Friday is the story of one politician who decides to stand up and shout something radical. He is naive in many ways, because he thinks the point of his cry will outweigh the method in which it has been delivered. Bill Twomey (an anagram of “timely blow”), minister for transport, clinging to the very last of his youthful idealism, wants free transport for the populace. Why, he argues, do the people have to pay twice for their public transport? At the surface this seems like a wonderful idea, but with the cynicism and multiple agendas at play, the idea is obliterated by the parliamentary white noise, as the media claim there will be a new tax to pay for this, his fellow cabinet members want him to follow due process and not step out of line – ie away from their power – and the opposition use the opportunity to cut off a head that stands tall. Following through on Daniela Giorgi’s point, Democracy kills its own possibility of a proper democratic process, as without a vision the people perish. Despite the laughs and the wit, Giorgi inserts a clarion call to arms at the end of the play for the passion to rise again, and the feeling for what is good about democracy become something worth fighting for.
Right now, the climate couldn’t be better to take on a biting political satire in Australia, after all we have an election coming up that is between two of the blandest, most unimaginative politicians the country has ever seen. Julie Baz’s deft handling of the political material, her superb cast and the current climate work together to bring the play alive and its impossible not to see parallels with our own current Australian democracy. Peter Hayes is a bull-in-a-china shop of a Bill Twomey delivering some of the wittiest lines and puns in a very Australian fashion. His moment reaching for the stars toward the end rounds his personality out taking him from caricature to character and making him very loveable. Gertraud Ingeborg is both the Premier of the state and the cleaner of the parliament in one of those clever little snaps of casting that we love in theatre – to her credit it wasn’t till half way through that I realized she was playing both parts and its a delightful moment when you fit it all together and continue ti enjoy it through the rest of the play. Neither role detracts from the other, only enhancing her very great stage presence. She is a commanding premier and I confess I let out a sigh as I thought of our recently lost, much admired female Prime Minister. Ingeborg and Hayes strength and charisma is backed up by Sarah Robinson and Cherilyn Price who are on form, carrying most of the fine line between ideology and just getting the job done. I thought Price was particularly strong for a few moments she was on stage. David Ritchie is another cast member with potent charisma and tons of experience, making the role of the leader of the opposition (along side his smaller roles) at once sleazy and victim of his own chess moves and counter moves. The rest of the cast is right on target, moving seamlessly around a small stage effortlessly conveying the impression we are looking into the halls and behind the walls of parliament house. David Jefferey’s set design deserves a special shout out because of a clever elevator deign, as does Baz’s ability to move the large cast smoothly around the small stage without a hint of conflict.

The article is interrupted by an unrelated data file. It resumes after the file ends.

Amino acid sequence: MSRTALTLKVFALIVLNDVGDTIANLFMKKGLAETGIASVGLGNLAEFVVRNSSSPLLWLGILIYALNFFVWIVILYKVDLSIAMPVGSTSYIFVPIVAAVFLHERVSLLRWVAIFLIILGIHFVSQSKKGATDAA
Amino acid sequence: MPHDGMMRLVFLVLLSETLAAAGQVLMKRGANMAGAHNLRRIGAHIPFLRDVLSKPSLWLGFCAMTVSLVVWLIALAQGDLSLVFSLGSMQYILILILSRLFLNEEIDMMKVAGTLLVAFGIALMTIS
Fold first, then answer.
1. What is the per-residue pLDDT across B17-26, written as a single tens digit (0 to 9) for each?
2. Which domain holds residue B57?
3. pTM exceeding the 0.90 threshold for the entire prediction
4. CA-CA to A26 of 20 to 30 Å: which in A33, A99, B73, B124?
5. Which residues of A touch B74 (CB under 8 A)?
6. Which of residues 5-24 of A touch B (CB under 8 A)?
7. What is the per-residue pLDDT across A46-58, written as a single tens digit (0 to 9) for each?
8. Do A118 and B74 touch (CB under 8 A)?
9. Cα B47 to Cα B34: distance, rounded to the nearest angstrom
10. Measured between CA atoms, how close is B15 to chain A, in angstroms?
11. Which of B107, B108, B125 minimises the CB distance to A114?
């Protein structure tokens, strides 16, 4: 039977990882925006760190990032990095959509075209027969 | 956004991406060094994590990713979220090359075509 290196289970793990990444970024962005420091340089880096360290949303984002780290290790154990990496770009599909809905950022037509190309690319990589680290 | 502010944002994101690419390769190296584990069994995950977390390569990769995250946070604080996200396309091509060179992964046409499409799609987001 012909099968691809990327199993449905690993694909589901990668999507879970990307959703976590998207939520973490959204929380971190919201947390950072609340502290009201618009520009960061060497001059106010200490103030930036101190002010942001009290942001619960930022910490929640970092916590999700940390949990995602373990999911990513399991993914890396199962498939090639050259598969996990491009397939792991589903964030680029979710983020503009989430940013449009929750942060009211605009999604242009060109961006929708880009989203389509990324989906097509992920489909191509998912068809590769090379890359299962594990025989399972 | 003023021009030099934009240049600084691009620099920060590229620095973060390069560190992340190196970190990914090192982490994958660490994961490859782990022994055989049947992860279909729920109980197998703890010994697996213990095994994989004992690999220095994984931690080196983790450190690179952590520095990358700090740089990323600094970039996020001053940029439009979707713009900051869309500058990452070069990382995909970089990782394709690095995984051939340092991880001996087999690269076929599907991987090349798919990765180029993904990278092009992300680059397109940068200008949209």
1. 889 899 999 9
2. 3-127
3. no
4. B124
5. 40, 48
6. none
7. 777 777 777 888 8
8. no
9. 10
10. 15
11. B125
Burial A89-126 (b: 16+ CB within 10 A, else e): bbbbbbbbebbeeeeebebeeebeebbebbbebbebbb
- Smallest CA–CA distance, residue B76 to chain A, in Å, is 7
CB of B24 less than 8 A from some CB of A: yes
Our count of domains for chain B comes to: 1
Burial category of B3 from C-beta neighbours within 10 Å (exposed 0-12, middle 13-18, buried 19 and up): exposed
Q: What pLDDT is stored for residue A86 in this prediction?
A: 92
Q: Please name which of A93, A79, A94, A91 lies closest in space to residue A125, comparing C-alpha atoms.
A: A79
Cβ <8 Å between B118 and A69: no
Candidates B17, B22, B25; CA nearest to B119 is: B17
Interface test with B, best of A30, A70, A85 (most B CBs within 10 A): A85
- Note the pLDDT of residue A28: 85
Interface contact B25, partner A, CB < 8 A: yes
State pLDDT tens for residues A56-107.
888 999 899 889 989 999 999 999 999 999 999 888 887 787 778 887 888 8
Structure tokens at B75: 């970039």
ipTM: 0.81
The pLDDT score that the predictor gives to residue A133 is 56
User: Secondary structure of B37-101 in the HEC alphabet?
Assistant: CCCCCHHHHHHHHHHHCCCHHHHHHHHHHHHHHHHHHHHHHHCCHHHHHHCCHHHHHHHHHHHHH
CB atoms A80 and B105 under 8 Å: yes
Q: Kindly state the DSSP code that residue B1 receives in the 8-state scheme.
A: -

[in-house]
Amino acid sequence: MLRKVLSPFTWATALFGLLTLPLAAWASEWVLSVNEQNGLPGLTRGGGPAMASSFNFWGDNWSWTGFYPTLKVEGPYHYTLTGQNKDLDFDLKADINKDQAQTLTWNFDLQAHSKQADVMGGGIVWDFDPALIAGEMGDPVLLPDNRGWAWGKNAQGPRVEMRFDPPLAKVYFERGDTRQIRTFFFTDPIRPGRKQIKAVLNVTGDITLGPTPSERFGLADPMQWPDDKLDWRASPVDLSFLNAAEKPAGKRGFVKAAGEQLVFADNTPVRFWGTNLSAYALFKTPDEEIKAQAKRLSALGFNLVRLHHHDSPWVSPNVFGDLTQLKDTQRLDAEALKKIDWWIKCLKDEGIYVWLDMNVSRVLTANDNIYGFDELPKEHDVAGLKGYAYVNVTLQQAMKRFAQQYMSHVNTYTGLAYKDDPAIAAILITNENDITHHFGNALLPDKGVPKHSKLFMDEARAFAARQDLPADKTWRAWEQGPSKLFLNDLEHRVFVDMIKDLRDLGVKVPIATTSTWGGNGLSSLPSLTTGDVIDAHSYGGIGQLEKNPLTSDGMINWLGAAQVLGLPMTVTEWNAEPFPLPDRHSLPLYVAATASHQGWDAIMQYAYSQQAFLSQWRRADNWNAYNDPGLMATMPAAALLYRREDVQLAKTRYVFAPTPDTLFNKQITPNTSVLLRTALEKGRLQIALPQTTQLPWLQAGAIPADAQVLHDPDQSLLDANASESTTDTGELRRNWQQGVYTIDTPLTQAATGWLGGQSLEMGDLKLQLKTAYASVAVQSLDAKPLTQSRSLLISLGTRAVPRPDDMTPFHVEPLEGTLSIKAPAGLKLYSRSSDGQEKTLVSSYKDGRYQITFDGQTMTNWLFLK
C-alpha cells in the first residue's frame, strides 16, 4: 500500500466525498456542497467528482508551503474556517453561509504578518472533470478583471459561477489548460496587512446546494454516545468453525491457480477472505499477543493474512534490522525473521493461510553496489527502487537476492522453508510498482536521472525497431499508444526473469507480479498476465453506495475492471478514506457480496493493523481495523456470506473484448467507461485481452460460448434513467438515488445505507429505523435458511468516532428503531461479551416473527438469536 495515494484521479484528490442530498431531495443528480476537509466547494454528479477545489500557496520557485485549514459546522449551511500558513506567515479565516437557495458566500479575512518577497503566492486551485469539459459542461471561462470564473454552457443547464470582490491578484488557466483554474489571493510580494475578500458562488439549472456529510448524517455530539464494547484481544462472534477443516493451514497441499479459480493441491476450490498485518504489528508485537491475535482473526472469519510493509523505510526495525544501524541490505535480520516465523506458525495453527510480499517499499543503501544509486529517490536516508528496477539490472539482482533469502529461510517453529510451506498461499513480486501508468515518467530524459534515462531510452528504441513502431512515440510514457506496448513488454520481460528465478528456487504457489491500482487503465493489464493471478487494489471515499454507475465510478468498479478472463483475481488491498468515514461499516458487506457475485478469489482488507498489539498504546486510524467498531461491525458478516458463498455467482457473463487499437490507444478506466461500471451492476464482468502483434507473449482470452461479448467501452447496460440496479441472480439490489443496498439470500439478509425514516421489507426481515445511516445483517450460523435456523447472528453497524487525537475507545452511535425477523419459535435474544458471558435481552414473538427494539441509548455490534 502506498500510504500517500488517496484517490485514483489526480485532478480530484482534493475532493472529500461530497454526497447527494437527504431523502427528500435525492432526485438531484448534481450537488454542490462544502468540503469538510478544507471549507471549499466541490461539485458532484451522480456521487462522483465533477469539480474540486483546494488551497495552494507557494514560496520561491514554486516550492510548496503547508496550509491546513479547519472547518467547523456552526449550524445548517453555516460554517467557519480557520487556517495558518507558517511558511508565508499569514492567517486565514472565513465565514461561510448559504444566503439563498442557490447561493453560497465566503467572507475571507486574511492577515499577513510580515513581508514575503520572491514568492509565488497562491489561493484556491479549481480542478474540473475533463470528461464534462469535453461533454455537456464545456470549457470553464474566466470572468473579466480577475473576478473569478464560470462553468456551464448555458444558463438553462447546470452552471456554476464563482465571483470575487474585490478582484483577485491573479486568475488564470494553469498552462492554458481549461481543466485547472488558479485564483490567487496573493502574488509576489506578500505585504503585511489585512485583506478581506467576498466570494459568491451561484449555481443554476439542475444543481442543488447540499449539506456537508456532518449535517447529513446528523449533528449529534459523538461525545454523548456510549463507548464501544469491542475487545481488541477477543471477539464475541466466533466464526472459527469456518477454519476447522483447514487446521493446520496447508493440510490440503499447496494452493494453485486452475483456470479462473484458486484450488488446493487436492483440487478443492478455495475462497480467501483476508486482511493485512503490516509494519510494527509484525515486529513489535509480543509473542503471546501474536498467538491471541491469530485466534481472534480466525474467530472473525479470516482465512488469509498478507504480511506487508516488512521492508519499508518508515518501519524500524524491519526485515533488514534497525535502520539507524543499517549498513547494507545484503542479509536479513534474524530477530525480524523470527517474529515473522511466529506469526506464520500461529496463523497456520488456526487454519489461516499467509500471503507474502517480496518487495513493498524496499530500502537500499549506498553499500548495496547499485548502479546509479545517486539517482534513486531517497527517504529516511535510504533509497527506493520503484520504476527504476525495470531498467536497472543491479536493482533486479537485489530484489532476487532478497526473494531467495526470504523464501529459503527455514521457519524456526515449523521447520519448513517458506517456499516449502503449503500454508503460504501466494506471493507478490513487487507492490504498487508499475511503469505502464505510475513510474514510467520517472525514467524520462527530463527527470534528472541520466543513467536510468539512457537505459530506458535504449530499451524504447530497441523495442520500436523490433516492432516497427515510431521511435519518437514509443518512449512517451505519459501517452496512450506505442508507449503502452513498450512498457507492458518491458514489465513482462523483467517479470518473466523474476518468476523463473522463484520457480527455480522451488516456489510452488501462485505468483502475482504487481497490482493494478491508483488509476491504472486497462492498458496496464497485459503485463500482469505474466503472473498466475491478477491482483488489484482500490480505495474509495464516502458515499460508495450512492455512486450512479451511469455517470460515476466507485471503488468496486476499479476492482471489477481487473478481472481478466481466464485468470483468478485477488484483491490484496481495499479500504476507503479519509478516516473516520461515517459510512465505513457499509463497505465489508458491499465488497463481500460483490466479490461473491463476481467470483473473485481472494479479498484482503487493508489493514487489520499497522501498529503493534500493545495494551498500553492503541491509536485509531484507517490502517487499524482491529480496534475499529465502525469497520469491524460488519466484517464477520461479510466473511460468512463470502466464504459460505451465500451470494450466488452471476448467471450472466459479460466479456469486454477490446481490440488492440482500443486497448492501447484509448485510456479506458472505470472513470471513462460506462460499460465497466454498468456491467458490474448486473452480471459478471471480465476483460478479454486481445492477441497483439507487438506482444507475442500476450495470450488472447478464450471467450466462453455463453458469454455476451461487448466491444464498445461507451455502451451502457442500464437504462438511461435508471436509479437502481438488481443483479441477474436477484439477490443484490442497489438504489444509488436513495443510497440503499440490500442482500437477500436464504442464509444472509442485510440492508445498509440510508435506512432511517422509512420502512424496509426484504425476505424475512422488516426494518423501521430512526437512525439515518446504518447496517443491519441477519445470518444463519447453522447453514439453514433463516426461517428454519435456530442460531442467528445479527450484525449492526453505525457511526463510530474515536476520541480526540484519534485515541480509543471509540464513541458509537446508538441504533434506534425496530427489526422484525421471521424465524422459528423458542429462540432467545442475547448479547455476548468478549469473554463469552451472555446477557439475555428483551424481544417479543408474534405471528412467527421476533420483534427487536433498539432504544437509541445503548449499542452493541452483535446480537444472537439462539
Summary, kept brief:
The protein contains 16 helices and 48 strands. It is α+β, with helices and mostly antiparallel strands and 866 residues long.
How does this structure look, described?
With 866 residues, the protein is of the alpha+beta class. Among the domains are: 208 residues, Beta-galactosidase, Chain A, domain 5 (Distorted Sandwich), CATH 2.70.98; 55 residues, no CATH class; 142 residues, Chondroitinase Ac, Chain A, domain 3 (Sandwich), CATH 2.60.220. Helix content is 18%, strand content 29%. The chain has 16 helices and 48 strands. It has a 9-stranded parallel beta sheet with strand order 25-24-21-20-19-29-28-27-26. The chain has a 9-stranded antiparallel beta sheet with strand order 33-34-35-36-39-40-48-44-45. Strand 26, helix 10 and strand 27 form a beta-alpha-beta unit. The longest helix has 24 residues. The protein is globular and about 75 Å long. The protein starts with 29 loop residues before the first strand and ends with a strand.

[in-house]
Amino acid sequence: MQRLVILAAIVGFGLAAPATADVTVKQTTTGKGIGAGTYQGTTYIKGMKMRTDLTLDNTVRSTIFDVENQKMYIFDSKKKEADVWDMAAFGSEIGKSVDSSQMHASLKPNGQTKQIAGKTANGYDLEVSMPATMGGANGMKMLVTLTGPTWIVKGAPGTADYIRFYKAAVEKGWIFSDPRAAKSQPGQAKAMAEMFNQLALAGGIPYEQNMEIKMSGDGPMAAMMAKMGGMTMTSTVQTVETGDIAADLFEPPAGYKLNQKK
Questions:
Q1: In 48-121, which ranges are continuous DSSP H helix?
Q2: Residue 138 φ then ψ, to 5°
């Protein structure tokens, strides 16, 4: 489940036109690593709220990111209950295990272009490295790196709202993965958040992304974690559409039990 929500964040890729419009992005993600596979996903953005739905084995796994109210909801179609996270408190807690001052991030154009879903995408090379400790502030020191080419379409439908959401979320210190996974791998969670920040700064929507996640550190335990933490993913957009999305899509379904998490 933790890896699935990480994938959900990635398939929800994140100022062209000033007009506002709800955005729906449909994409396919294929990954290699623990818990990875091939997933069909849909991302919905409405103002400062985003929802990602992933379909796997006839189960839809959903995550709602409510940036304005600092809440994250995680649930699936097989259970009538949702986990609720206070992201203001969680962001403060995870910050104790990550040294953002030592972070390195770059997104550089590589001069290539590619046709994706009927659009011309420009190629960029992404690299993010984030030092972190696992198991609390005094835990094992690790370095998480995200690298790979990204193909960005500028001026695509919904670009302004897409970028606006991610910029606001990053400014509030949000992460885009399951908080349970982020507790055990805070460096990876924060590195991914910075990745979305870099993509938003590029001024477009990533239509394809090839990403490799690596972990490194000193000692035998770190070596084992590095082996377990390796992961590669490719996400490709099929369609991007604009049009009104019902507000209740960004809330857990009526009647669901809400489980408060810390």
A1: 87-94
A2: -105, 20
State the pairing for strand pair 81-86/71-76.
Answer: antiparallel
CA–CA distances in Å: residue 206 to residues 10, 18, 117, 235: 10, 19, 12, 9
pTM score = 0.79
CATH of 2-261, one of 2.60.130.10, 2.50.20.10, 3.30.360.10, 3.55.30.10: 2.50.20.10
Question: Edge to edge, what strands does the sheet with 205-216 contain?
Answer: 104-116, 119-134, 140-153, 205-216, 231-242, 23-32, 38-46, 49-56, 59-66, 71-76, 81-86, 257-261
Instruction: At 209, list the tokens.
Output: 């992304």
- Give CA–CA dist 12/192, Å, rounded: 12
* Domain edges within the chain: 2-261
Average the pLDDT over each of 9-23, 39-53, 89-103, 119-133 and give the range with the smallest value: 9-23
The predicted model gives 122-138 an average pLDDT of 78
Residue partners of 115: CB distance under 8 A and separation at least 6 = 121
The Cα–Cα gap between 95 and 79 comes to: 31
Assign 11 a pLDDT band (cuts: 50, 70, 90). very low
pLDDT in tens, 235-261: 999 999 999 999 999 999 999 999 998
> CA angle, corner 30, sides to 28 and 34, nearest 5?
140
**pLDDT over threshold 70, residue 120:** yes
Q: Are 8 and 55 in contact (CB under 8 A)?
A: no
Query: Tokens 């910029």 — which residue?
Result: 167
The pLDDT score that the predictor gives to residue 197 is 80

The last thing to say about this wonderful night out, is that Friday is on at The Old Fitzroy Theatre, which is a spectacular night of special Sydney fun in itself, the old pub being a great place to grab your wine before you venture in. Friday is showing through to August 31. Go and see it before the election. You can grab your tickets here.